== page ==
October 8, 2012

{The Goddess Bride} from Season Magazine



[This is a reprint of my article from the Autumn 2012 issue of SEASON MAGAZINE.  I feature Princess Diana, the ultimate "goddess bride," in my upcoming book, The End of the Fairy-Tale Bride.]




 
 
 
A practice from ancient cultures—that continues today in parts of the world—heralded the bride as a heroine, honoring and attending her like a queen. These intimate bridal rituals included being bathed, perfumed, painted, pierced, bejeweled, coiffed, wrapped, draped, veiled, adorned with flowers, extravagantly dressed (sometimes changing costumes several times over days- or week-long ceremonies)—and elevated to goddess stature!

For thousands of years, according to mythologist and writer Joseph Campbell, honoring the goddess was a “primordial attempt on humanity’s part to understand and live in harmony with the beauty and wonder of Creation.” Modern culture continues to be enchanted with the “goddess-like” image of the bride—is that because she is a reminder of that harmony…the continuity of life, love, and all that our hearts hold dear?

Even the origin of the word “bride” comes from the legend of the goddesses. In her book, The Ancient British Goddess, Kathy Jones explains that in Celtic ancestral wisdom, the goddess Brigit, considered the Maiden Goddess of Springtime, is also known as Bride in its Gaelic form. It makes perfect sense that our bridal traditions have their origins in the essence of spring: an abundant, life-giving time of renewal and beauty. I tell brides in my book, The Bride’s Ritual Guide: Look Inside to Find Yourself, about Bride as the goddess “who gave her name to a woman about to wed. Therefore, as a bride, you are the true namesake of a goddess!”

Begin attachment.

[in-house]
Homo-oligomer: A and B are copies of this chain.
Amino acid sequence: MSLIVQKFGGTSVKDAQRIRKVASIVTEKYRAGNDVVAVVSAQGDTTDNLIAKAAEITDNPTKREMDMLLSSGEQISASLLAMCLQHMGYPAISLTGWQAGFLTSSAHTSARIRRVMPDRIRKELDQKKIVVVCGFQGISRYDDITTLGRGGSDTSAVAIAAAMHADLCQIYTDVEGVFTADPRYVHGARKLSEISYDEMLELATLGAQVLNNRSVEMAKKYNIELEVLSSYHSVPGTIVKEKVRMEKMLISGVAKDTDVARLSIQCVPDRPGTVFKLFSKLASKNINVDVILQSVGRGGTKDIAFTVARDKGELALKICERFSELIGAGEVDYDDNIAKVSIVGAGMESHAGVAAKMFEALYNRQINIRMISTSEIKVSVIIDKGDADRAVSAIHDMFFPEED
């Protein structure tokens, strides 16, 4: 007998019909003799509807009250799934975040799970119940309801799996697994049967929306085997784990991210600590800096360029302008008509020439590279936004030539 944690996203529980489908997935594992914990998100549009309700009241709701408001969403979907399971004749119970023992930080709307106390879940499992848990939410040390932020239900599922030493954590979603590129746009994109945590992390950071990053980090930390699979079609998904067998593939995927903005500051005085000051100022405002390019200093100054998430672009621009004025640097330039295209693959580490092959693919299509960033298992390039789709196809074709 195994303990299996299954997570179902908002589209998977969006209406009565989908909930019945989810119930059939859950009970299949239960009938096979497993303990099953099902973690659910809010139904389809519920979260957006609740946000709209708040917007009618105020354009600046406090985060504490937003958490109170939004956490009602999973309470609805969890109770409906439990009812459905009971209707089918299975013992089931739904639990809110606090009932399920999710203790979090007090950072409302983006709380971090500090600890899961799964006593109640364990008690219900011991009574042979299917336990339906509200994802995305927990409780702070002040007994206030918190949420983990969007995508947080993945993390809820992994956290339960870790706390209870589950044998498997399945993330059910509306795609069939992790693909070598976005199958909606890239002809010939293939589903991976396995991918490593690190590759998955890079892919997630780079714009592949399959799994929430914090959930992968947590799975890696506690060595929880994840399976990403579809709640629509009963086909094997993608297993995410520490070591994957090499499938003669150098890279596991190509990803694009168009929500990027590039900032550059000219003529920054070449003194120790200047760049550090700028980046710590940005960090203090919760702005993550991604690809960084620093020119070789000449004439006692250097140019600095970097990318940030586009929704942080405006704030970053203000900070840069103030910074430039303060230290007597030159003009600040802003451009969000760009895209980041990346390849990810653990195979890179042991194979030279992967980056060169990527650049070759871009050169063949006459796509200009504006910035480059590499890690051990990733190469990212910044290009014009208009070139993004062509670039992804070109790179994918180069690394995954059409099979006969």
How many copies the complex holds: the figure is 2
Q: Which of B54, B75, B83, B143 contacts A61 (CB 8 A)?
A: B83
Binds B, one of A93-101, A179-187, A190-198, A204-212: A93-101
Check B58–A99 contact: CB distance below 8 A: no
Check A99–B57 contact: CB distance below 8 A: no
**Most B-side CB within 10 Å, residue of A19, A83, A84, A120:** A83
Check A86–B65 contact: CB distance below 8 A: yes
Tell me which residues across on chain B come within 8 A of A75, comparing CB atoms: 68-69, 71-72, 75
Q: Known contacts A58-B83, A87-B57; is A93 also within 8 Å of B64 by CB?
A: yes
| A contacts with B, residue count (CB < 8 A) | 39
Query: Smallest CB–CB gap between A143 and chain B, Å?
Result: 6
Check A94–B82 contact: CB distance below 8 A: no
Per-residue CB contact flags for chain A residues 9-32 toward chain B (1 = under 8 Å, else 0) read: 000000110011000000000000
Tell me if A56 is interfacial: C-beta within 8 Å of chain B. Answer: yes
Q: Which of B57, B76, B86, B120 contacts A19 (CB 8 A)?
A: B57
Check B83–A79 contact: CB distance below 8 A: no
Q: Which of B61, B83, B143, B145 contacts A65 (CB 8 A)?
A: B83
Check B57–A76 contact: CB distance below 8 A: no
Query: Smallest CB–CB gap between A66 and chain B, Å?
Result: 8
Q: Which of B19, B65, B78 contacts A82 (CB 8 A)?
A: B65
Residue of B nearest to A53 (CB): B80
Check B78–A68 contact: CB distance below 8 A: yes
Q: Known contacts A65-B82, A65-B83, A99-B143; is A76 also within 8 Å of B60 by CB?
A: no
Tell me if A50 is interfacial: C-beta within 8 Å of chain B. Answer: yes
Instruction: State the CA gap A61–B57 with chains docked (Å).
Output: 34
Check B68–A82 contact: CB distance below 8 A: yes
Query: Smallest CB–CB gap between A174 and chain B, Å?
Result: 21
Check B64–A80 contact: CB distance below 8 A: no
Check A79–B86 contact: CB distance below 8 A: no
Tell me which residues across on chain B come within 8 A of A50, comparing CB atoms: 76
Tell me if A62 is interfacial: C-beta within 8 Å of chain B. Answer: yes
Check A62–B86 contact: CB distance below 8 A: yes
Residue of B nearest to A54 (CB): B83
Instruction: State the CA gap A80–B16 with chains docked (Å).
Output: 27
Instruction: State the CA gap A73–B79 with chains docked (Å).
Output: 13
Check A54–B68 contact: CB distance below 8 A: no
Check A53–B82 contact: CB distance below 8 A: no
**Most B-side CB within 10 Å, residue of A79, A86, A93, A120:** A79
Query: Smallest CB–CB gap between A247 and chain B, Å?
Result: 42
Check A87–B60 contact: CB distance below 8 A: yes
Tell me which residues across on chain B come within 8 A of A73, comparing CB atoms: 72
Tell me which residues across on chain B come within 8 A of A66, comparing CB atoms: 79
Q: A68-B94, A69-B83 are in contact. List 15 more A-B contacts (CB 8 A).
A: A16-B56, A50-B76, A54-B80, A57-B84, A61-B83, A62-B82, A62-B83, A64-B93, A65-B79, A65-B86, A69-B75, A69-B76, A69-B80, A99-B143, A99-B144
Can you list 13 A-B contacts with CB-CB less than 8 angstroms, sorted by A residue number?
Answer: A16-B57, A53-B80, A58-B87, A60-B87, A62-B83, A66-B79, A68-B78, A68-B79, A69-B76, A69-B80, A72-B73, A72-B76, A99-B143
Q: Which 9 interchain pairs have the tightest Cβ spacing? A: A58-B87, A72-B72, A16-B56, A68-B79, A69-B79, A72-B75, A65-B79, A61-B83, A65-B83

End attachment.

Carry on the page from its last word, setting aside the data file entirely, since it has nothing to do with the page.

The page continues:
But a bride’s goddess legacy doesn’t stop there. Kathy Jones also includes this reference in her stories about Bride: “Bride is symbolically a horse goddess and her consort, the young god, is depicted as her groom, lavishly attending her.”  Perhaps that’s a confirmation that being a bride also comes with your goddess birthright to be lovingly attended and cared for! Isn’t that what we all want in relationships—to be deeply appreciated and attended to in the most loving ways? (What woman would not want to be “honored like a goddess” at all times of her life?)

As many modern weddings became more notable for their amazing lack of intimacy—lovely to look at, but a bit formula-like and commercial—the goddess legends can be reminders how real beauty is an inside job! It’s natural for brides to want to look beautiful on their wedding day, but being “goddess-like” is putting your attention on something deeper. It takes opening your heart and sharing what you find there in all of your relationships. (It’s just naturally what a goddess would do!) Here’s a tip: Be the “goddess of love” today—then all of life, including our wedding celebrations, gets just a little bit sweeter. ~
 
[This is a reprint of my article from the Autumn 2012 issue of SEASON MAGAZINE. I feature Princess Diana, the ultimate "goddess bride," in my upcoming book, The End of the Fairy-Tale Bride.]

 
[Bottom photo: David Willems]

 

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